A surface reading would show the themes desperation, loneliness, desolation, defeat and surrender to be the controlling emotions of the poem. If at all, the significant human experience that it wishes to convey is a bit overused, if not totally simplistic in its approach. It did not do so in a poetic manner where one is given a delightfully new and novel approach to the relating of that significant human experience. As above mentioned, the poem is very personal, confessional type and very prosaic. For me, it does not work and is easily forgettable. Even if we consider the elements of Spoken Poetry, it still could not work. There is no rhythm, internal, or otherwise, nor is there any repetition or rhyme in the above quoted poem. The poem simply does not work.

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                While it could be readily concluded that the above poem simply did not work and is not a success, to reach a conclusion on whether Henry Rollins is a good poem or not is an entirely different matter. Foremost, it would be a mortal sin to judge a poet’s skill or to conclude that he is good or bad based solely on a poem or two would be too much of an assumption or a conclusion to make. The poem just did not work for me, notwithstanding it being ‘post-modernist’ or ‘Spoken Word.’ I could say with conviction that the above quoted poem is not very successful, but to conclude that Rollins is a good or a bad poet would be too much of an assumption to make. After all, we critique, analyze and rank or pass judgment on the poetry and its elements, and not the author or his poetics.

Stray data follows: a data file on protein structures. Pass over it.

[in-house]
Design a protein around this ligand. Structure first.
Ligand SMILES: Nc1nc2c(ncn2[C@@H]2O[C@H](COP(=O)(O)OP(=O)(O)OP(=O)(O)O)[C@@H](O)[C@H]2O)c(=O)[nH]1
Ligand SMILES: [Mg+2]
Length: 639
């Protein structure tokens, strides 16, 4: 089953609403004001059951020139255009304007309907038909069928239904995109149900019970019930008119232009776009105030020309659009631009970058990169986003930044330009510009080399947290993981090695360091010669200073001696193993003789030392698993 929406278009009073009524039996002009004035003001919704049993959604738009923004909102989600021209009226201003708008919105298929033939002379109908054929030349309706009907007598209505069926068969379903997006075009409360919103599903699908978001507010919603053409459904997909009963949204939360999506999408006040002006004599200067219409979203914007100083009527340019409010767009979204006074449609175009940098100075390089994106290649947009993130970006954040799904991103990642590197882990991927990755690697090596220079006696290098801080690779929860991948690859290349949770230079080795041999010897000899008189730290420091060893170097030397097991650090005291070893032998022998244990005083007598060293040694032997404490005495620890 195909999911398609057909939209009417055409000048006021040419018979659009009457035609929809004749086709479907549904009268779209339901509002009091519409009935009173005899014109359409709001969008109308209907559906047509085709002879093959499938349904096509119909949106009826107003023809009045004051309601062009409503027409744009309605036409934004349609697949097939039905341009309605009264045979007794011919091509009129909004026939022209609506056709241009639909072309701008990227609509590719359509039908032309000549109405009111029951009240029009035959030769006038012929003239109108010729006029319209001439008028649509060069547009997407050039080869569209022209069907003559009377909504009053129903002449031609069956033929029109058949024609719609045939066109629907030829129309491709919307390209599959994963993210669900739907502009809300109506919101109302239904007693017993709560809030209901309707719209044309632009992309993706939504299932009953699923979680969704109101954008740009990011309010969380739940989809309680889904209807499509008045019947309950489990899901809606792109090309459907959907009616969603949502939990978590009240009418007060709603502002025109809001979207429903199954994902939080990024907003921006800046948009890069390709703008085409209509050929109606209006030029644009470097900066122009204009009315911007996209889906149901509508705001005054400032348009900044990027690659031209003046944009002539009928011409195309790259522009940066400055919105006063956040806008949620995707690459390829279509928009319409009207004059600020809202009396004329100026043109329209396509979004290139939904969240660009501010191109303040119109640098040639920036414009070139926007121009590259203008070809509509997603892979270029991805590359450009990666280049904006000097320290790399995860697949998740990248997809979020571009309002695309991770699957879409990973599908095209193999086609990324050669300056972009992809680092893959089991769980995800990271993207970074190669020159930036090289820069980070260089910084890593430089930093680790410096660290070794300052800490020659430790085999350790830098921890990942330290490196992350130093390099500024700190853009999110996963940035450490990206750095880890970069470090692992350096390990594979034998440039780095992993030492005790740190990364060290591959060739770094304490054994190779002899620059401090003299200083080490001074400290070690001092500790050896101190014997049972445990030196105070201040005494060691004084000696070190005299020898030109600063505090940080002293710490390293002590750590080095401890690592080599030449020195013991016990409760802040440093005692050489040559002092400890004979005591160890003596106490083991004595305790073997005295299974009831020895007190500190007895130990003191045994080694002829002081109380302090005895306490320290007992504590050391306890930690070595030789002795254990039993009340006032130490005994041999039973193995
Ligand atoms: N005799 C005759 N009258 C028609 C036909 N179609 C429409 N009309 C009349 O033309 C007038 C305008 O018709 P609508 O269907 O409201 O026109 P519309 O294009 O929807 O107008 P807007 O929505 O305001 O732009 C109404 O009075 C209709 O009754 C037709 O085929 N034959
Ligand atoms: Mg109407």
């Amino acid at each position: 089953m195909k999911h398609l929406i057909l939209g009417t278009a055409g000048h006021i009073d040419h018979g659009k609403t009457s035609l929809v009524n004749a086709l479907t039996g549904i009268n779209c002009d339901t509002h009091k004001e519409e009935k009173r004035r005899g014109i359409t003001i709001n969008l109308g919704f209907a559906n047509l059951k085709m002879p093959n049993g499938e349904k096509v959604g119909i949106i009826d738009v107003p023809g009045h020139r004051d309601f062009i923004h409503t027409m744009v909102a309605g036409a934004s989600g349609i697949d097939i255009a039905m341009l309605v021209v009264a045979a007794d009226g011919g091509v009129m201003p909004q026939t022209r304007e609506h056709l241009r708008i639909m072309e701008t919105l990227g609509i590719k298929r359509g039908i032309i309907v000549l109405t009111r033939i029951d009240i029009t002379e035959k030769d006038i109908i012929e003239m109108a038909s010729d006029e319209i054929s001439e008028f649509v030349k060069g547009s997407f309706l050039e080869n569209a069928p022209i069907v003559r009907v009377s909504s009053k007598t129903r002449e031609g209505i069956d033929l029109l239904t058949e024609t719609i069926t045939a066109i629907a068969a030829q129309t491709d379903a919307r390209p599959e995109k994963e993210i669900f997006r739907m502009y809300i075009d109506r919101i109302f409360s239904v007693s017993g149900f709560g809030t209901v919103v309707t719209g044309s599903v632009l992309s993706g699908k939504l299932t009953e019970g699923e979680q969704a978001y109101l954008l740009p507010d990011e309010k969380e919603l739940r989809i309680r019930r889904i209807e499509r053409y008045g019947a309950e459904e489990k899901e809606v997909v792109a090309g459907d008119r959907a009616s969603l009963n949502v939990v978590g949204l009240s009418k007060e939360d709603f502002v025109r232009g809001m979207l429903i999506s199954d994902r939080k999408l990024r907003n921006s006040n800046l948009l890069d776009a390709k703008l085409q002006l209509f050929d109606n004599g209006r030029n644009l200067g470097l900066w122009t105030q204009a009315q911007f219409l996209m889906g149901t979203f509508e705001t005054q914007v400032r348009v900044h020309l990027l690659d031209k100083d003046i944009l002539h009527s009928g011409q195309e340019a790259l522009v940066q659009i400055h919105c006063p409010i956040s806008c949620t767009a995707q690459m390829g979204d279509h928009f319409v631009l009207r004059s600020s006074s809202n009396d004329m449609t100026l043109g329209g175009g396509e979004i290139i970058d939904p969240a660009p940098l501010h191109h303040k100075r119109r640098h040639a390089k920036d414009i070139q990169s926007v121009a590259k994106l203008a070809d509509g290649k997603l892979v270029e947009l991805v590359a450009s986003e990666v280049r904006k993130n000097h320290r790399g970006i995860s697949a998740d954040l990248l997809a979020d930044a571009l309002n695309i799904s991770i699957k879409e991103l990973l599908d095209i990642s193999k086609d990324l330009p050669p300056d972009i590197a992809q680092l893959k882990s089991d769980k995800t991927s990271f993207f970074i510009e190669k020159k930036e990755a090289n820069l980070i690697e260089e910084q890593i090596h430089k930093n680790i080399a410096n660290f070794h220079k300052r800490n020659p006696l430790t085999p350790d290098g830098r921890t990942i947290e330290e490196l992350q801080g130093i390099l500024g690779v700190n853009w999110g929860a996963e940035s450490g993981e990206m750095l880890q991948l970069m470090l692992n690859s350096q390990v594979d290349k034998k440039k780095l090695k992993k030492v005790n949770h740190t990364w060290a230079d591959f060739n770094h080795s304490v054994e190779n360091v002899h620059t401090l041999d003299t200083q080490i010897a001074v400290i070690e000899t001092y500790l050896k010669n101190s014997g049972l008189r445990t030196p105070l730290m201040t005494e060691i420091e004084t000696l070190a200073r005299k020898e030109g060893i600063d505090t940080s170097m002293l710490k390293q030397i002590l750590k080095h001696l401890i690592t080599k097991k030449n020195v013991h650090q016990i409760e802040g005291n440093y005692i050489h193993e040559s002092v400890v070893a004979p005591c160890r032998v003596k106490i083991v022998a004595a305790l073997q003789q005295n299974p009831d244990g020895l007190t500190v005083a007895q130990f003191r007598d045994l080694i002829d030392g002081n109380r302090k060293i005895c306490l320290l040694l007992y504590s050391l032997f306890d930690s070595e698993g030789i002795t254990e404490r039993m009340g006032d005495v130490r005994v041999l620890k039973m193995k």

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    Henry Rollins Official Website Retrieved on April 18, 2009

    Website retrieved on April 18, 2009

    Website retrieved on April 18, 2009

    A critical on Henry Rollins. (2016, Dec 05). Retrieved from